University of Alberta Bionic Limbs for Improved Natural Control Lab and Reinforcement Learning and Artificial Intelligence Lab; Performer, Rapid Fire Theatre
photography by Curtis Comeau
Why He’s Top 40: He’s shared his extensive knowledge of improvisation and artificial intelligence not just in his own community, but on a global scale.
Greatest Fear: “The movie, Idiocracy. It’s about how society becomes full of pleasure seekers and nothing else. It’s terrifying, and you can see it happening in some ways.”
Kory Mathewson stood on a stage with one of his improv partners, Pyggy. But when the audience roared with laughter, his partner messed up. Or rather, she faltered because she was actually a robot, which Mathewson had designed to use artificial intelligence (AI). The robot was programmed to translate Mathewson’s responses, but the laughter confused it.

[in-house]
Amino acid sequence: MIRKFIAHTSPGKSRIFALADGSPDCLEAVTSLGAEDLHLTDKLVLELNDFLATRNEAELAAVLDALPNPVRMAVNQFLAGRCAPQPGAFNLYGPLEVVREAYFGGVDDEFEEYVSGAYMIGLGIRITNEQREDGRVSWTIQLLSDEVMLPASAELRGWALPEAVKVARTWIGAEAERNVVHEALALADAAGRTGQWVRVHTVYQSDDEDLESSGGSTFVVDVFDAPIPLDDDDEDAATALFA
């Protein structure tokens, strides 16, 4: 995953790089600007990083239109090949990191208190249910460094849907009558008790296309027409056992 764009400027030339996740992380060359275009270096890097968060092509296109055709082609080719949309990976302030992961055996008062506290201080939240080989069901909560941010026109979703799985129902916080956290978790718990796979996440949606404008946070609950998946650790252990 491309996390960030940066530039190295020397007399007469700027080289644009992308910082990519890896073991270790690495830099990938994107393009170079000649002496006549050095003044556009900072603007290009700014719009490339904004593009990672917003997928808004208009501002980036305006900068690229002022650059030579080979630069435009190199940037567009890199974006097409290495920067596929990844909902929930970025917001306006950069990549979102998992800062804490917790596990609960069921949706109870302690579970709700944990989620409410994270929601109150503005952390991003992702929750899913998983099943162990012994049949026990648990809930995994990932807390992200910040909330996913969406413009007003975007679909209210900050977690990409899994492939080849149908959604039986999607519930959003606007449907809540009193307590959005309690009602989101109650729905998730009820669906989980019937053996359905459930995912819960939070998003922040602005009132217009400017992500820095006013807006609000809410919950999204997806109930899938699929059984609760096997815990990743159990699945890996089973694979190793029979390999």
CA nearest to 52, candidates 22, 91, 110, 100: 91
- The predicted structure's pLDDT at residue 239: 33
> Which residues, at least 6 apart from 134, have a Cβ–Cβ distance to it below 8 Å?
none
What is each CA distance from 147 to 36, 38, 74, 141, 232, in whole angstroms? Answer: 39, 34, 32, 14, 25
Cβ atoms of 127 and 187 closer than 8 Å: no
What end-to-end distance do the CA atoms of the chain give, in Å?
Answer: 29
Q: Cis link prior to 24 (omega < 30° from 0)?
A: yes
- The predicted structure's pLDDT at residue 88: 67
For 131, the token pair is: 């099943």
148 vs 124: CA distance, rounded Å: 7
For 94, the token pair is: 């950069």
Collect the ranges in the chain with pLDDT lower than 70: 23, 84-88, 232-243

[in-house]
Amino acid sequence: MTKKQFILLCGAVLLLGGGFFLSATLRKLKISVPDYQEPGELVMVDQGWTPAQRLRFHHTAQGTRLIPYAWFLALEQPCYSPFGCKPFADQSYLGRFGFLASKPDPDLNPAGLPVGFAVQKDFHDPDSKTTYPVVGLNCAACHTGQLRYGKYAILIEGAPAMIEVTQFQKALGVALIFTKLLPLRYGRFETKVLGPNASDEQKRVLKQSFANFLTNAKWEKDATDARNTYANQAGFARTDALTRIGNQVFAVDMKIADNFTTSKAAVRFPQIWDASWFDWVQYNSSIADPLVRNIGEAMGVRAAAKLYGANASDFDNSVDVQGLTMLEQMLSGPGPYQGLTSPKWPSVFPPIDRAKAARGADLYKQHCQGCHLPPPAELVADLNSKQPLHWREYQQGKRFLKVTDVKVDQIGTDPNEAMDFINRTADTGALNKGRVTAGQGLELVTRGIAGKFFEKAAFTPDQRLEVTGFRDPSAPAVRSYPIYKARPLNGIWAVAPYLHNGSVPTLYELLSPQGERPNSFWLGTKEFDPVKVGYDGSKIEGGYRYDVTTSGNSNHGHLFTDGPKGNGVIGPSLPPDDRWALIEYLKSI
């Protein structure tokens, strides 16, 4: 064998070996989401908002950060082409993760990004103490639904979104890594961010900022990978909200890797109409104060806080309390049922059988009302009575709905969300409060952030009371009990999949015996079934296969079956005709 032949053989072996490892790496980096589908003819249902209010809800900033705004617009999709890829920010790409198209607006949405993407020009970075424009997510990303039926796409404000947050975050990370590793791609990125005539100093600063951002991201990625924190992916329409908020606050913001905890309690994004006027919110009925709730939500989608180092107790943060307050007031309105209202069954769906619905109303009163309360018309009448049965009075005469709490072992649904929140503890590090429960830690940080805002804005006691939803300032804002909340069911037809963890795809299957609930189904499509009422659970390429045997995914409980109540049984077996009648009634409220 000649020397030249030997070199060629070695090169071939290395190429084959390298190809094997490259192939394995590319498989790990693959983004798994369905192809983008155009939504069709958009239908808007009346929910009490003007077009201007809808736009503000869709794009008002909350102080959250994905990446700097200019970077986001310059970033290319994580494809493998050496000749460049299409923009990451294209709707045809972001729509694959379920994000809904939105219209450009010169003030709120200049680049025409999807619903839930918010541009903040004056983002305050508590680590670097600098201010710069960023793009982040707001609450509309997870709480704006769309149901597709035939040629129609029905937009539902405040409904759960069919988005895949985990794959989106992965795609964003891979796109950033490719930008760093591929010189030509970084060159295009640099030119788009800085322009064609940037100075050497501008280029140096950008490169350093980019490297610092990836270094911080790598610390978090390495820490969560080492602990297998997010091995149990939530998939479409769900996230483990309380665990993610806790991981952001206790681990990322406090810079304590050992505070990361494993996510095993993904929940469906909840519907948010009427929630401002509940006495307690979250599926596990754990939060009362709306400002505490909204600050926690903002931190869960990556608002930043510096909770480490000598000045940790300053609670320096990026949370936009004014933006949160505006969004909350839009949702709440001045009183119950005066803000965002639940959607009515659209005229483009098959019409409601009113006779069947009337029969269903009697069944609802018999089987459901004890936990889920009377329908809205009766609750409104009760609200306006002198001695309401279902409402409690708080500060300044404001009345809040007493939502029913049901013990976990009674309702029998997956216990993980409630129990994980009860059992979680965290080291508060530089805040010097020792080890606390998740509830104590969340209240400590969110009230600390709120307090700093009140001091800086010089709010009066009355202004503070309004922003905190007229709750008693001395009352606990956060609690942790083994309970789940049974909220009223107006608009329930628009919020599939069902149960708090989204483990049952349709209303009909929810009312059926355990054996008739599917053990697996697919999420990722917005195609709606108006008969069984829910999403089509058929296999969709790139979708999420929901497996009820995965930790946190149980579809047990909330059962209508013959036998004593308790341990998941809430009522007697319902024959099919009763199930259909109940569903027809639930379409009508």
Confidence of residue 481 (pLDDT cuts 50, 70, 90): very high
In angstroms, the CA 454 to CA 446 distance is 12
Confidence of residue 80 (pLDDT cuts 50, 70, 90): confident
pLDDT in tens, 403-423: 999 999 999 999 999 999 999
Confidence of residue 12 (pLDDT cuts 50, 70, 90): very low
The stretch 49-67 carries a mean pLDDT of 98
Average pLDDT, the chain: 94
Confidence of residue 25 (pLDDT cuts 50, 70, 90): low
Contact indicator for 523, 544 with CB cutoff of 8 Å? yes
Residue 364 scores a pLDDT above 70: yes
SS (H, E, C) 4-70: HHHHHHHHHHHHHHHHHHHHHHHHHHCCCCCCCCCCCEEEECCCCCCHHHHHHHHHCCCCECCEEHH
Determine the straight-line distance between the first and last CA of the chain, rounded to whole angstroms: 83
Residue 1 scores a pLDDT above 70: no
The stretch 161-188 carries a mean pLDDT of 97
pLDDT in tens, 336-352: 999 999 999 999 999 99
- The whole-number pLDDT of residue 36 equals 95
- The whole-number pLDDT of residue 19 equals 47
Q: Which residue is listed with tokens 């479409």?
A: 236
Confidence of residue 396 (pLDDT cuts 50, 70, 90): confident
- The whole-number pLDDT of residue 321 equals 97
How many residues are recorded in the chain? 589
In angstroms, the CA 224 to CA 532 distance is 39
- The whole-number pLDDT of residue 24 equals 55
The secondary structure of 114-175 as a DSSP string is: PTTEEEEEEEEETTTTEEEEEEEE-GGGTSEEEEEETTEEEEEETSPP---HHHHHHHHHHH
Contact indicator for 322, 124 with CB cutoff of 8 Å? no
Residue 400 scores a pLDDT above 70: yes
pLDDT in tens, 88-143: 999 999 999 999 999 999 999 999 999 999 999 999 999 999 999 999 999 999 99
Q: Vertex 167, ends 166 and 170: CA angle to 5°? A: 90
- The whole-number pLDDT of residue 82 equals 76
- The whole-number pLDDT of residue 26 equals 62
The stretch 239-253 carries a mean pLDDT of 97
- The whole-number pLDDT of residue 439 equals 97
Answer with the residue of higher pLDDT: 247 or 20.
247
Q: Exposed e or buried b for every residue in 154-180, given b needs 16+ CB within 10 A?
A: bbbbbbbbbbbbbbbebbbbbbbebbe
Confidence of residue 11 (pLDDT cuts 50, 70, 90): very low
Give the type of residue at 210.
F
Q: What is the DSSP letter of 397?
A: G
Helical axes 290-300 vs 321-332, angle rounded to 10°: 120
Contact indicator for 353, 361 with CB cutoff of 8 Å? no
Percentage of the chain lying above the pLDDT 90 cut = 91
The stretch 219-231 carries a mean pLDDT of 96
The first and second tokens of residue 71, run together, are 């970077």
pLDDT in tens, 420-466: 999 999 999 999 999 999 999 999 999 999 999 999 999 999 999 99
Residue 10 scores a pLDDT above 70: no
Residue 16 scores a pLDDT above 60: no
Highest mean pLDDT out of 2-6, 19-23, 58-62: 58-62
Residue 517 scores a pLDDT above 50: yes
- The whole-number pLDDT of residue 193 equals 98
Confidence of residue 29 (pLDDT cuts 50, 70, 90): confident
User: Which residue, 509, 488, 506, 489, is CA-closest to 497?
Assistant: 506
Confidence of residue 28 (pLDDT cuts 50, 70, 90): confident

The robot’s an amalgamation of two passions — artificial intelligence and improvisation. Mathewson’s been improvising for over 10 years through Rapid Fire Theatre, and has performed around the world. Meanwhile, he’s also working on a PhD in artificial intelligence; his thesis, which focuses on interactive machine learning and how we can interact with other intelligences through control and feedback, won an Alexander Graham Bell Canada Graduate Scholarship.
But for Mathewson, the goal isn’t just to succeed personally; it’s to help others meet their ambitions. “I’ve gone to cities where people have stuck around and haven’t given back. The stagnation can drive a community apart,” says Mathewson.
Mentoring future generations, he says, can strengthen communities. He’s conducted improvisation workshops in cities worldwide. He was a 2014 artist-in-residence at the Curious Comedy Theatre in Portland, Oregon. And he’s developed academic improvisation programs to help students become better listeners who are more empathetic, and self-aware.
Mathewson says at their essence, both AI and improv can help people learn to accept mistakes as a natural part of learning. In order for an AI like Pyggy to learn, it needs to fail so it can know what to try next time; and embracing imperfection is the key to success at improv.
This article appears in the November 2016 issue of Avenue Edmonton. Subscribe here.